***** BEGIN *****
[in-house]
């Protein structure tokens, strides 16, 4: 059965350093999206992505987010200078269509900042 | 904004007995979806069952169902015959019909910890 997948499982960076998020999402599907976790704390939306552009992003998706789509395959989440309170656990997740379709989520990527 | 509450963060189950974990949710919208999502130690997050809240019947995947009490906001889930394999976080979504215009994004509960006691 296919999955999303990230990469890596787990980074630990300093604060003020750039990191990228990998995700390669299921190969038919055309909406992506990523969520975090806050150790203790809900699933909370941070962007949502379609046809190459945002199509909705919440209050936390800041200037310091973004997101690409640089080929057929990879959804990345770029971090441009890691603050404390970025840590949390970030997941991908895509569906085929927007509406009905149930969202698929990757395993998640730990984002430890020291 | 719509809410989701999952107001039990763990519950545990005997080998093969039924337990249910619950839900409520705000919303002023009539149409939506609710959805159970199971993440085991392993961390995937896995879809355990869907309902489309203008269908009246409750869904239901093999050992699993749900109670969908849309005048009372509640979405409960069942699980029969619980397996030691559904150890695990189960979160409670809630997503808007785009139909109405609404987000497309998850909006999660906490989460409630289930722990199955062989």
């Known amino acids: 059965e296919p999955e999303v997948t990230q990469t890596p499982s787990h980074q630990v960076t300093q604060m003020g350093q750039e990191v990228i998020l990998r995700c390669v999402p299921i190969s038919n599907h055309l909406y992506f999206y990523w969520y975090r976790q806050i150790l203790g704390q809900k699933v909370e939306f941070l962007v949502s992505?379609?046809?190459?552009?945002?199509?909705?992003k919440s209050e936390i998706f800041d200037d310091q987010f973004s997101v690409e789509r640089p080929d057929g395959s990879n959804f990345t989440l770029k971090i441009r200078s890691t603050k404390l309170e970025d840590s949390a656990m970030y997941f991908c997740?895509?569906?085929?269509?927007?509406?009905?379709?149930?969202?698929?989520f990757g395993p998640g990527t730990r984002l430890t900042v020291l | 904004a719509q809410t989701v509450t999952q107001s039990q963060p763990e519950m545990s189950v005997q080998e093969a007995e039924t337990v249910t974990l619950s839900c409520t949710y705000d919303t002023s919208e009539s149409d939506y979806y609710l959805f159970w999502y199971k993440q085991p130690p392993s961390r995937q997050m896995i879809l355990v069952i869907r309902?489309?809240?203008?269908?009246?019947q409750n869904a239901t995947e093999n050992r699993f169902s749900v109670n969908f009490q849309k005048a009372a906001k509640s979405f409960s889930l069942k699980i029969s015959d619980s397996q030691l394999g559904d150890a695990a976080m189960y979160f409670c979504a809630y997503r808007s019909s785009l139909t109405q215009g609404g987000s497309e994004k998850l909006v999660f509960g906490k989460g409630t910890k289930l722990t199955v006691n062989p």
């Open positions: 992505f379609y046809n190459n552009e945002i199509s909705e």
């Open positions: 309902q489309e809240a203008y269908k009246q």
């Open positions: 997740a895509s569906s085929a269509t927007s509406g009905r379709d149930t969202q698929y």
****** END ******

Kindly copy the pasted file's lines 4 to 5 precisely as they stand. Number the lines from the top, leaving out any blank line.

């Open positions: 992505f379609y046809n190459n552009e945002i199509s909705e």
């Open positions: 309902q489309e809240a203008y269908k009246q």